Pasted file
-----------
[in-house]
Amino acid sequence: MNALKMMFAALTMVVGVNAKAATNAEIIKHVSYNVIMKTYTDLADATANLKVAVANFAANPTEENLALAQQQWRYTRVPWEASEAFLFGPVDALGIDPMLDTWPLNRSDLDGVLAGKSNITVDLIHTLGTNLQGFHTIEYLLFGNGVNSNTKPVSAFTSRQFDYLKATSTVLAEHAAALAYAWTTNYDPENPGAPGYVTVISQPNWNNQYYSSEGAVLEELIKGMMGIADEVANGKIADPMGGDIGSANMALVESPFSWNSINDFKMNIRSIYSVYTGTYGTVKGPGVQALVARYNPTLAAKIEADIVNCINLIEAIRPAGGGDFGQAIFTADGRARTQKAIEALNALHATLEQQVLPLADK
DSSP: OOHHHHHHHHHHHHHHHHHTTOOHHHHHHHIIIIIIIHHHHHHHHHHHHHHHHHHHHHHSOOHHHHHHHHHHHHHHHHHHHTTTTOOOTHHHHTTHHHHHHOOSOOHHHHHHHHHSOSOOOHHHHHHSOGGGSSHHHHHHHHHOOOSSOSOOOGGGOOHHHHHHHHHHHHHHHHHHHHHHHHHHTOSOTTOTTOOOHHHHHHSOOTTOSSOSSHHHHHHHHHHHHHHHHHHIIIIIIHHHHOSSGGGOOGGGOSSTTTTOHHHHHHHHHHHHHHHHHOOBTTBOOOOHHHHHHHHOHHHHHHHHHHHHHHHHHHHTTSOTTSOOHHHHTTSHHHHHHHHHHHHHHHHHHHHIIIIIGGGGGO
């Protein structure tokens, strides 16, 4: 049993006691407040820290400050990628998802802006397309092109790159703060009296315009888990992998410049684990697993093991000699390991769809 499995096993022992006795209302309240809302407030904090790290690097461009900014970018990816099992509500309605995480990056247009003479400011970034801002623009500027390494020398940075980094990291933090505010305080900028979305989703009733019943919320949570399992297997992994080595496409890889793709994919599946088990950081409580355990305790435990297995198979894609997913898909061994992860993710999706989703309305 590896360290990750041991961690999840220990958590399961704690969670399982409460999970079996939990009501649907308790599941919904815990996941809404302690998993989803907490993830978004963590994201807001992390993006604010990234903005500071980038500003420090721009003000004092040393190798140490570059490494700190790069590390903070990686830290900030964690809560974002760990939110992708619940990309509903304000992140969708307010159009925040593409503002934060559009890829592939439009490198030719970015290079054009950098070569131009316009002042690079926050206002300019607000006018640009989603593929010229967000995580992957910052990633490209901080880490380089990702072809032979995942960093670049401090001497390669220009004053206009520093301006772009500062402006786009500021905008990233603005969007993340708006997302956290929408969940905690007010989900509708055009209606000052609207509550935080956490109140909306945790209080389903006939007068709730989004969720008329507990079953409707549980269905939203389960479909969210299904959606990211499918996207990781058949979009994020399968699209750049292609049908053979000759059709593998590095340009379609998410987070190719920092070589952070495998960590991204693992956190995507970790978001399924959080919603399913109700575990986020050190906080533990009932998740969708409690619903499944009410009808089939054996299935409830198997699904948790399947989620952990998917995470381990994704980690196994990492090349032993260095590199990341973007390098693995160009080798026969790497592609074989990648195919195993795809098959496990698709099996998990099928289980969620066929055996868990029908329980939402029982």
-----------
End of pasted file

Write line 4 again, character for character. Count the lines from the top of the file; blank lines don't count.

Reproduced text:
């Protein structure tokens, strides 16, 4: 049993006691407040820290400050990628998802802006397309092109790159703060009296315009888990992998410049684990697993093991000699390991769809 499995096993022992006795209302309240809302407030904090790290690097461009900014970018990816099992509500309605995480990056247009003479400011970034801002623009500027390494020398940075980094990291933090505010305080900028979305989703009733019943919320949570399992297997992994080595496409890889793709994919599946088990950081409580355990305790435990297995198979894609997913898909061994992860993710999706989703309305 590896360290990750041991961690999840220990958590399961704690969670399982409460999970079996939990009501649907308790599941919904815990996941809404302690998993989803907490993830978004963590994201807001992390993006604010990234903005500071980038500003420090721009003000004092040393190798140490570059490494700190790069590390903070990686830290900030964690809560974002760990939110992708619940990309509903304000992140969708307010159009925040593409503002934060559009890829592939439009490198030719970015290079054009950098070569131009316009002042690079926050206002300019607000006018640009989603593929010229967000995580992957910052990633490209901080880490380089990702072809032979995942960093670049401090001497390669220009004053206009520093301006772009500062402006786009500021905008990233603005969007993340708006997302956290929408969940905690007010989900509708055009209606000052609207509550935080956490109140909306945790209080389903006939007068709730989004969720008329507990079953409707549980269905939203389960479909969210299904959606990211499918996207990781058949979009994020399968699209750049292609049908053979000759059709593998590095340009379609998410987070190719920092070589952070495998960590991204693992956190995507970790978001399924959080919603399913109700575990986020050190906080533990009932998740969708409690619903499944009410009808089939054996299935409830198997699904948790399947989620952990998917995470381990994704980690196994990492090349032993260095590199990341973007390098693995160009080798026969790497592609074989990648195919195993795809098959496990698709099996998990099928289980969620066929055996868990029908329980939402029982």